When the University of Kentucky's freshman class moves in this week, their numbers might top 5,000, roughly 240 students more than expected.
Officials call it a good problem to have, a result of successful marketing about freshman academic programs and the new dorms where they are housed.
But that 5 percent surge puts pressure on all parts of campus, from facilities to class sizes. Resident advisers now have roommates, and UK has renewed leases with private apartment buildings to find housing for about 320 students. Some classes probably will be bigger, and more part-time and adjunct faculty have been hired.
"There's a lot of buzz about UK, with the combination of new residence halls and the colleges really stepping up to help recruit more," said registrar Don Witt, who cited record numbers of applications, campus visits and orientation participants during the spring and summer.
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About 1,700 students have chosen to be part of "living-learning communities," where they may live in dorms with like-minded peers who study the same subjects.
Those students moved in Wednesday. Most other students get to campus Friday.
Penny Cox, director of housing project implementation, said the administration's goal was for every freshman to live on campus, but plenty of older students also wanted to be there.
Cox oversees UK's partnership with a private developer — Education Realty Trust — that is building residence halls. An $84 million package of five dorms opens this semester, and 200 percent more students requested new halls than old ones.
"I think that probably was a contributor," Cox said of the new dorms, "but more importantly, there's a lot of emphasis on the academic programs in them."
For example, the engineering living-learning community grew from 124 in its old location to 400 now that it is in the just-opened Champions Court I dorm off Avenue of Champions.
Another program at Champions Court I attracted freshman Victoria Scott from Chicago. The i-NET program, focused on entrepreneurial learning, will feature an entrepreneur-in-residence at the dorm and connections to mentors in the community.
"This gives me many more opportunities," Scott said.
University officials said they hope the communities will increase enrollment by improving retention rates.
"Learning communities are an important way to get students to engage in academic life of the university and include that in their daily life," said Ben Withers, associate provost for undergraduate education. "It's a way to make sure barriers of the classroom are overcome."
Students who can't afford to live in newer dorms, however, can't participate in a living-learning program. Room and board for an average living space in the Kirwan-Blanding complex, which houses freshman and upperclassmen, is $7,346 a year, compared with $10,508 at newer dorms.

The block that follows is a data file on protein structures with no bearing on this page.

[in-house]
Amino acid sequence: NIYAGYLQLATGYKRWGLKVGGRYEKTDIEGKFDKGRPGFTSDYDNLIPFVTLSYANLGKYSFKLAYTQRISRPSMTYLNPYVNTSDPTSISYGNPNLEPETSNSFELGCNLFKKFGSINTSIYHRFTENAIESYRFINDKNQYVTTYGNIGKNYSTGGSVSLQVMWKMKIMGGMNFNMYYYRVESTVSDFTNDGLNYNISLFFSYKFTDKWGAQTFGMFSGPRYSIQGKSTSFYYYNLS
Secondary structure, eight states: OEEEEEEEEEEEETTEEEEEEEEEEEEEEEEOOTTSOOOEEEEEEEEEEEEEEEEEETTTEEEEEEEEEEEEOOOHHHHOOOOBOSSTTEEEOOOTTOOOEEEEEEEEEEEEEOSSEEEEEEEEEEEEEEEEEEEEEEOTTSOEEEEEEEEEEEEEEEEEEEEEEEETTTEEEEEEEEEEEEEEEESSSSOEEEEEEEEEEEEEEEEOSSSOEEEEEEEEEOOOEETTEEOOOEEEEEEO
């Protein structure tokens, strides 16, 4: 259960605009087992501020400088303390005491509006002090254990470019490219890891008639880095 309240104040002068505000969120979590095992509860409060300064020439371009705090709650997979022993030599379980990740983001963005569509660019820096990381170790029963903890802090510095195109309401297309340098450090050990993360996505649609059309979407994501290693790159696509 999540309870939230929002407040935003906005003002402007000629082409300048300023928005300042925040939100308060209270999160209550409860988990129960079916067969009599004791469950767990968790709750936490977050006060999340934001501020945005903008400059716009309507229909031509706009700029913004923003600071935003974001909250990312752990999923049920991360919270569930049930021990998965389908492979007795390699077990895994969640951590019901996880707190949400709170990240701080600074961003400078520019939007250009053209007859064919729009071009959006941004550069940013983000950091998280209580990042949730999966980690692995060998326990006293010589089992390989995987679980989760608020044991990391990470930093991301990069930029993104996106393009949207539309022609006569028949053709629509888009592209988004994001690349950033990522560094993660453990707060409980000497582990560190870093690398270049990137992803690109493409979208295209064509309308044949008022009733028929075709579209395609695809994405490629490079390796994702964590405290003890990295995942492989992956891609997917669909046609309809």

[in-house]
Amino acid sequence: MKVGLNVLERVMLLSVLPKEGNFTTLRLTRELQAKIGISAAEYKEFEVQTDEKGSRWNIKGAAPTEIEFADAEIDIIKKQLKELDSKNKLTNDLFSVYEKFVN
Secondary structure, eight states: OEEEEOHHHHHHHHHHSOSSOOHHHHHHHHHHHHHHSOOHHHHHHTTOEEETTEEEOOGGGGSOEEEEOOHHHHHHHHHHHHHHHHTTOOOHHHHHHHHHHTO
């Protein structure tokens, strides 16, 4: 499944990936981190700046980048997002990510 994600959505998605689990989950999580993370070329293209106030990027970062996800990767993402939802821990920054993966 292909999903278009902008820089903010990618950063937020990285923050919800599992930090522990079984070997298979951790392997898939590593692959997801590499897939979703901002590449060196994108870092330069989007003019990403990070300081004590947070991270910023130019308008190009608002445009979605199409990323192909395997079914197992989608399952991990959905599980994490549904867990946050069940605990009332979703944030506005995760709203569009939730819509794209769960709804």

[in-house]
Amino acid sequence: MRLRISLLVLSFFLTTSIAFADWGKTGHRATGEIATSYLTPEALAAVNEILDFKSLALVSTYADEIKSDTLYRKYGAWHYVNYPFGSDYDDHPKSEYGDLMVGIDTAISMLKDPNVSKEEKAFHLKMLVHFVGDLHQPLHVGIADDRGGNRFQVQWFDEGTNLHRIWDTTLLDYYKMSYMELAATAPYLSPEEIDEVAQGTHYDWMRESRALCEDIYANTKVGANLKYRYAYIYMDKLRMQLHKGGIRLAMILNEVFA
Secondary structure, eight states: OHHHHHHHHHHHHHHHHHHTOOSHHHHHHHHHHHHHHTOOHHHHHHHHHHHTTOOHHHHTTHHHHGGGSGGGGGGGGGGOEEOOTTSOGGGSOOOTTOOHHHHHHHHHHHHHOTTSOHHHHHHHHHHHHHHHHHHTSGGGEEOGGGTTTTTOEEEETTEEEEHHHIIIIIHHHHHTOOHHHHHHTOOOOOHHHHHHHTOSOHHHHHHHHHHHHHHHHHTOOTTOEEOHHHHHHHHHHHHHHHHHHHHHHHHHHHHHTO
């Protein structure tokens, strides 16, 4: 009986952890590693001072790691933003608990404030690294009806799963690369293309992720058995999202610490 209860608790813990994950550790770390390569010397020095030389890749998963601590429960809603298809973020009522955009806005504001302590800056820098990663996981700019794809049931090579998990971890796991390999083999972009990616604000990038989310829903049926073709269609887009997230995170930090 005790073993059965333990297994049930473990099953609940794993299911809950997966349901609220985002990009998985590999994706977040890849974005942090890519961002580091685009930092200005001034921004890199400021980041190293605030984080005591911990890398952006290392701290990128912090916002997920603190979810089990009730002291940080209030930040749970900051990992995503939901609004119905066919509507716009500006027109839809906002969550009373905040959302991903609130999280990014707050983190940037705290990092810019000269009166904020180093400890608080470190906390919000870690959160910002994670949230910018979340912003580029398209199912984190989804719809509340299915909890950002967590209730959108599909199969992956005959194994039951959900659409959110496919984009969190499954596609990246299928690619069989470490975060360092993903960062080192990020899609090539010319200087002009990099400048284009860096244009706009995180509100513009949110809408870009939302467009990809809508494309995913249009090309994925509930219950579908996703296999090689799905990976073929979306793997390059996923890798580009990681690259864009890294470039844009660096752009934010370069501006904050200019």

Withers said he hoped that divide was temporary as Kirwan-Blanding is decommissioned over the next few years and everyone moves into newer housing, where all the floors feature common space for students to meet and study.
"We're focusing on the new dorms because that's where students want to live," Withers said.
New dorms and more programs have been aimed at expanding UK's enrollment past its current 30,000, but it also creates challenges. Officials have been meeting since June to plan for the adjusted freshman enrollment.
In addition to moving twin beds into the rooms of resident advisers, UK has renewed its lease with Royal Lexington Apartments on Virginia Avenue, where 160 upperclassmen soon will move. Another 160 students will live at University Trails off Red Mile Road.
Robert Mock, vice president of student affairs, said those spaces also would have resident advisers. In addition, UK has hired more interns in the counseling office, and more student mentors to help freshman on campus.
Withers said class registration has not been a problem, but some classes might get bigger.
"The deans have been very cooperative by funding part-time faculty, finding the staffing and knowing that the people will be well-prepared to teach," Withers said. "We're going to have to look closely at putting additional funding into the academic side, being able to hire new faculty and more full-time advisors, and enough staff in critical service areas such as counseling."
"Increased students mean increased demands for other services we should be providing," he said. "It's a good thing and it's a bad thing."